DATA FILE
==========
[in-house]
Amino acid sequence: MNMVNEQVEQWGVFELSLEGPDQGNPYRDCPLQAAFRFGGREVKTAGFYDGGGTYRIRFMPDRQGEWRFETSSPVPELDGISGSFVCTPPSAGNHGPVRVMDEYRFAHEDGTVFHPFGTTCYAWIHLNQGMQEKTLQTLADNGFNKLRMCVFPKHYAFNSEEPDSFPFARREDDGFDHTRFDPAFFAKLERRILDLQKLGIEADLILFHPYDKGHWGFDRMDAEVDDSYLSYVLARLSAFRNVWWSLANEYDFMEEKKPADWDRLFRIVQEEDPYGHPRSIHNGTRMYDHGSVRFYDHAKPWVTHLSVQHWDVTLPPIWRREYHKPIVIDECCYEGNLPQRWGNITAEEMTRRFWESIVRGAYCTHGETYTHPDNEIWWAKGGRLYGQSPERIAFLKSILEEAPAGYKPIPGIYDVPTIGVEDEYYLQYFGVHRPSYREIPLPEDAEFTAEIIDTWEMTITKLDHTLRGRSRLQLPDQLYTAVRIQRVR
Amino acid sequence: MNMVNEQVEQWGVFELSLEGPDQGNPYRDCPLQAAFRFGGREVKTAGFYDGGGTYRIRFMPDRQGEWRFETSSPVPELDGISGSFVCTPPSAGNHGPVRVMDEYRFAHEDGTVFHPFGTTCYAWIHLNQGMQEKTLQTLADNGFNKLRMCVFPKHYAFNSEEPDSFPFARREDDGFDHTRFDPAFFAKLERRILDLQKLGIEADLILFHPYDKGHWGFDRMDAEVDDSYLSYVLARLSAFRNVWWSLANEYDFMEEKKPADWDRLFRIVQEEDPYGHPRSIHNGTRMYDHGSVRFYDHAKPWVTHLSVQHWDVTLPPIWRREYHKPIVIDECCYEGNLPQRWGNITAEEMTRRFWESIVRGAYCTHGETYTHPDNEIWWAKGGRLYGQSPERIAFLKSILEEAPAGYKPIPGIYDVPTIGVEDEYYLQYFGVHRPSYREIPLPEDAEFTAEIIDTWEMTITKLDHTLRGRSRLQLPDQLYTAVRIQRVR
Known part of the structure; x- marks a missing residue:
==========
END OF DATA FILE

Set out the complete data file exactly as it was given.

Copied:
[in-house]
Amino acid sequence: MNMVNEQVEQWGVFELSLEGPDQGNPYRDCPLQAAFRFGGREVKTAGFYDGGGTYRIRFMPDRQGEWRFETSSPVPELDGISGSFVCTPPSAGNHGPVRVMDEYRFAHEDGTVFHPFGTTCYAWIHLNQGMQEKTLQTLADNGFNKLRMCVFPKHYAFNSEEPDSFPFARREDDGFDHTRFDPAFFAKLERRILDLQKLGIEADLILFHPYDKGHWGFDRMDAEVDDSYLSYVLARLSAFRNVWWSLANEYDFMEEKKPADWDRLFRIVQEEDPYGHPRSIHNGTRMYDHGSVRFYDHAKPWVTHLSVQHWDVTLPPIWRREYHKPIVIDECCYEGNLPQRWGNITAEEMTRRFWESIVRGAYCTHGETYTHPDNEIWWAKGGRLYGQSPERIAFLKSILEEAPAGYKPIPGIYDVPTIGVEDEYYLQYFGVHRPSYREIPLPEDAEFTAEIIDTWEMTITKLDHTLRGRSRLQLPDQLYTAVRIQRVR
Amino acid sequence: MNMVNEQVEQWGVFELSLEGPDQGNPYRDCPLQAAFRFGGREVKTAGFYDGGGTYRIRFMPDRQGEWRFETSSPVPELDGISGSFVCTPPSAGNHGPVRVMDEYRFAHEDGTVFHPFGTTCYAWIHLNQGMQEKTLQTLADNGFNKLRMCVFPKHYAFNSEEPDSFPFARREDDGFDHTRFDPAFFAKLERRILDLQKLGIEADLILFHPYDKGHWGFDRMDAEVDDSYLSYVLARLSAFRNVWWSLANEYDFMEEKKPADWDRLFRIVQEEDPYGHPRSIHNGTRMYDHGSVRFYDHAKPWVTHLSVQHWDVTLPPIWRREYHKPIVIDECCYEGNLPQRWGNITAEEMTRRFWESIVRGAYCTHGETYTHPDNEIWWAKGGRLYGQSPERIAFLKSILEEAPAGYKPIPGIYDVPTIGVEDEYYLQYFGVHRPSYREIPLPEDAEFTAEIIDTWEMTITKLDHTLRGRSRLQLPDQLYTAVRIQRVR
Known part of the structure; x- marks a missing residue: